|This picture titled "Motherhood" by Le Minh Ngoc from the central province of Binh Thuan captures the poignant moment of a mother bird and her fledgings. This picture has won first prize in a photo contest on the theme "Biodiversity in Viet Nam" held by the Ministry of Natural Resources and Environment to celebrate International Biodiversity Day.
HA NOI (VNS)— Viet Nam has identified conserving biodiversity as one of the fundamental tasks in its environmental protection efforts and would push harder on that particular area.
Among the concrete actions the country would be taking include refining the legal framework, strengthening law enforcement capacity and consolidating links between domestic and international conservation efforts.
These remarks were delivered by Deputy Minister of Natural Resources and Environment Bui Cach Tuyen.
He was speaking to more than 400 attendees including government officials, civil society representatives and students at a ceremony to celebrate International Day for Biological Diversity held in Ha Noi yesterday.
Tuyen said Viet Nam had made a strong commitment to conserving biodiversity. The country developed the first Biodiversity Action Plan in 1995 and adopted the Biodiversity Law in 2008.
It was going to set in motion the national strategy on biodiversity by 2020 with a vision to 2030 soon.
He said its commitment went beyond borders because Viet Nam had signed a number of international conventions, notably the Convention on Biological Diversity and the Convention on International Trade in Endangered Species of Wild Fauna and Flora.
"In the future, the commitment will be even higher. The recently-ratified Party Central Committee Resolution - one of the most important political documents in this country that sets the agenda for environmental protection activities - puts strong emphasis on the task of conserving biodiversity," Tuyen said.
The United Nations in Viet Nam noted that the ceremony was a good chance to remind the public that Viet Nam's biodiversity, while among the world's richest, was still under stress and even declining due largely to illegal and unsustainable exploitation. The country's vulnerability to climate change increased the risk even further, it stressed.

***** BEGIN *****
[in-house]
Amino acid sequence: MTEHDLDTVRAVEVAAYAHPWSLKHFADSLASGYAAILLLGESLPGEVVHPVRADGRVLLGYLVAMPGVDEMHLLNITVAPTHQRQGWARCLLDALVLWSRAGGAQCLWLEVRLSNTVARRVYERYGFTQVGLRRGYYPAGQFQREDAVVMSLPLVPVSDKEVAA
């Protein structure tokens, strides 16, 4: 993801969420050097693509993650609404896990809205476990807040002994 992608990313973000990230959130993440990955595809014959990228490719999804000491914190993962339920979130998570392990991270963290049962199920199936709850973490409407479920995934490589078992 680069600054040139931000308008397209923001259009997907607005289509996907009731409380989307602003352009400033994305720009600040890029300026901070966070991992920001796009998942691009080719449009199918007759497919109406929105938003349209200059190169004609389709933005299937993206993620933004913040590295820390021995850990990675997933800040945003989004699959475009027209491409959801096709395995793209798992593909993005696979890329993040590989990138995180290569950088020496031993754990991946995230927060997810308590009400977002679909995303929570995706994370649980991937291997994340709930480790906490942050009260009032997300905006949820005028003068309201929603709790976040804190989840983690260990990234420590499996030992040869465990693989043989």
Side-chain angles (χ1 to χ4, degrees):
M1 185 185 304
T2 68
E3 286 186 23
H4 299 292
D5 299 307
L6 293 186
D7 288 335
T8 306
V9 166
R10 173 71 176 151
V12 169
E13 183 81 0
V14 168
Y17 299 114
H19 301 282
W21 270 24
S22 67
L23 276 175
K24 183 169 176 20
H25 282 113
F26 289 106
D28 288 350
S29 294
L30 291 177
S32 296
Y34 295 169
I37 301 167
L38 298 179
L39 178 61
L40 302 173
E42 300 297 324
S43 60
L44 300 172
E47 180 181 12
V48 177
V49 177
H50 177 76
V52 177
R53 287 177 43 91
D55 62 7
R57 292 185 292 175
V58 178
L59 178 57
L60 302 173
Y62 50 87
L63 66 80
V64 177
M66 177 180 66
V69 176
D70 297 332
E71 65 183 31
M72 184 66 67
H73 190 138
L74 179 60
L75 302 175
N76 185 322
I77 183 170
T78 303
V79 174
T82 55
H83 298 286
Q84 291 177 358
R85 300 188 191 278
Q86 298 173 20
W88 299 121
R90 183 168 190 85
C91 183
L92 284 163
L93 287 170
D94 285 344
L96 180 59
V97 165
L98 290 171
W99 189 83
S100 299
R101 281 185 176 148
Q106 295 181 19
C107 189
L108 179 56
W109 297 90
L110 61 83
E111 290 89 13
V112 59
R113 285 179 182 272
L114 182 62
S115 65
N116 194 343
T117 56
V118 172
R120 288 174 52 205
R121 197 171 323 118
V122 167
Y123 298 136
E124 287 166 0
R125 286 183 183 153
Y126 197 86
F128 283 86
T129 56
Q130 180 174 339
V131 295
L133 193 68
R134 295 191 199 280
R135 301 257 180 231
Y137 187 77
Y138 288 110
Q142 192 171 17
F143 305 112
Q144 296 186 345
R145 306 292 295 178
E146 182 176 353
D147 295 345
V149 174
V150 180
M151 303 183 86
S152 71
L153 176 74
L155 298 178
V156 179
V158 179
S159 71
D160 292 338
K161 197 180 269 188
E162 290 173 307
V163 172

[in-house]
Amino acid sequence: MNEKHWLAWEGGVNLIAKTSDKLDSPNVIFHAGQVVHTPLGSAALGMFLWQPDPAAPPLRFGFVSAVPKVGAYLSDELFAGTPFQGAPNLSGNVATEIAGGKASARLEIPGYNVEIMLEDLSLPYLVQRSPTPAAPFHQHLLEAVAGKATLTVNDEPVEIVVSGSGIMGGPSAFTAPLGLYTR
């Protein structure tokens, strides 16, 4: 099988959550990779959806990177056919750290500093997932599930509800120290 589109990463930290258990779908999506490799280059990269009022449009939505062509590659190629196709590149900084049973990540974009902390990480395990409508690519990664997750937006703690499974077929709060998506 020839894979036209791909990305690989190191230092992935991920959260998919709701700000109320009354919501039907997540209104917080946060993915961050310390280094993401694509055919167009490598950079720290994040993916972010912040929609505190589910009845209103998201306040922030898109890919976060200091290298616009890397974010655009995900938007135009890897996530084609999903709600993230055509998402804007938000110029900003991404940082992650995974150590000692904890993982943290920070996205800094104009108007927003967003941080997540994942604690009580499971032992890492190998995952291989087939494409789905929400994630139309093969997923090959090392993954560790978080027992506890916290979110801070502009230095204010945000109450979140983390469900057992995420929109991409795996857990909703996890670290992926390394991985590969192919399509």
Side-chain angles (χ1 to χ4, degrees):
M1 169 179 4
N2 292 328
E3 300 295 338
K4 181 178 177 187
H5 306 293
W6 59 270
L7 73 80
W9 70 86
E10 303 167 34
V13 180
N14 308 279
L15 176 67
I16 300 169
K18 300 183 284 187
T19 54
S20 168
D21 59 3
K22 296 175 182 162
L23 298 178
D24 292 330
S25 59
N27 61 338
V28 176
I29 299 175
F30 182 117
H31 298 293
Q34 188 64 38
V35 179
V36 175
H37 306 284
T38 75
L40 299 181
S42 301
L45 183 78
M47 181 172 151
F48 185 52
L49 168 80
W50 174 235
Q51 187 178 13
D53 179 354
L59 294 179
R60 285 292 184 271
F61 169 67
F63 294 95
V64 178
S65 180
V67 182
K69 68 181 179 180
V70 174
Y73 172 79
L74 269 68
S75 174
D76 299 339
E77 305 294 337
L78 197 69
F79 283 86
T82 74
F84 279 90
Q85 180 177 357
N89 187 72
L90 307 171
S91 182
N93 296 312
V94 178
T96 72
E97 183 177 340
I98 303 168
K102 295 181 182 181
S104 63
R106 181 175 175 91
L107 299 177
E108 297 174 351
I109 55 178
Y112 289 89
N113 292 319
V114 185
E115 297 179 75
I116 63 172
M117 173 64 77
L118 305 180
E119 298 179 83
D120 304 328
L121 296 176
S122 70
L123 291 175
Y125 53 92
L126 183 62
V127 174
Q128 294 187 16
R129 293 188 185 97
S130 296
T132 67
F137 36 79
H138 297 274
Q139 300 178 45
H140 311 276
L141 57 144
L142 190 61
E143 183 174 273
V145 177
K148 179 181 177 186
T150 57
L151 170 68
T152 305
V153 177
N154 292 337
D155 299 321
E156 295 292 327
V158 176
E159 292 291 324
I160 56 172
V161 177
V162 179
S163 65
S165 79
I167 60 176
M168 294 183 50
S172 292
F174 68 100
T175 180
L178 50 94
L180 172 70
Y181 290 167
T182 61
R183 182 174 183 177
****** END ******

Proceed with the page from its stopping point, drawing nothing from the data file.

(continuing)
"If the current trend of biodiversity loss continues, Viet Nam will struggle to sustain its agriculture and fisheries - both essential to achieving Viet Nam's development targets," said Country Director of the UN Development Programme in Viet Nam Louise Chamberlain.
Chamberlain said the UNDP was working closely with Viet Nam to halt biodiversity losses, adding that biodiversity conservation and protected areas development was one of the top priorities of the UN in Viet Nam.
The UNDP is working with relevant agencies to develop a sustainable financing mechanism for protected areas in Viet Nam and to develop a project that will establish a sub-system of protected wetlands.
Viet Nam is acknowledged for its biodiversity, and is a prioritised nation for global conservation. In Viet Nam's terrestrial ecosystems, more than 13,200 floral species and about 10,000 faunal species have been identified. The tropical marine, with more than 20 typical ecosystems, is home to more than 11,000 sea creatures.
The International Day for Biological Diversity, which falls on May 22nd every year, is designated by the United Nations to raise awareness about the importance of biodiversity.
This year's theme "Water and Biodiversity" aims to recognise the strong links between water security and biodiversity conservation. — VNS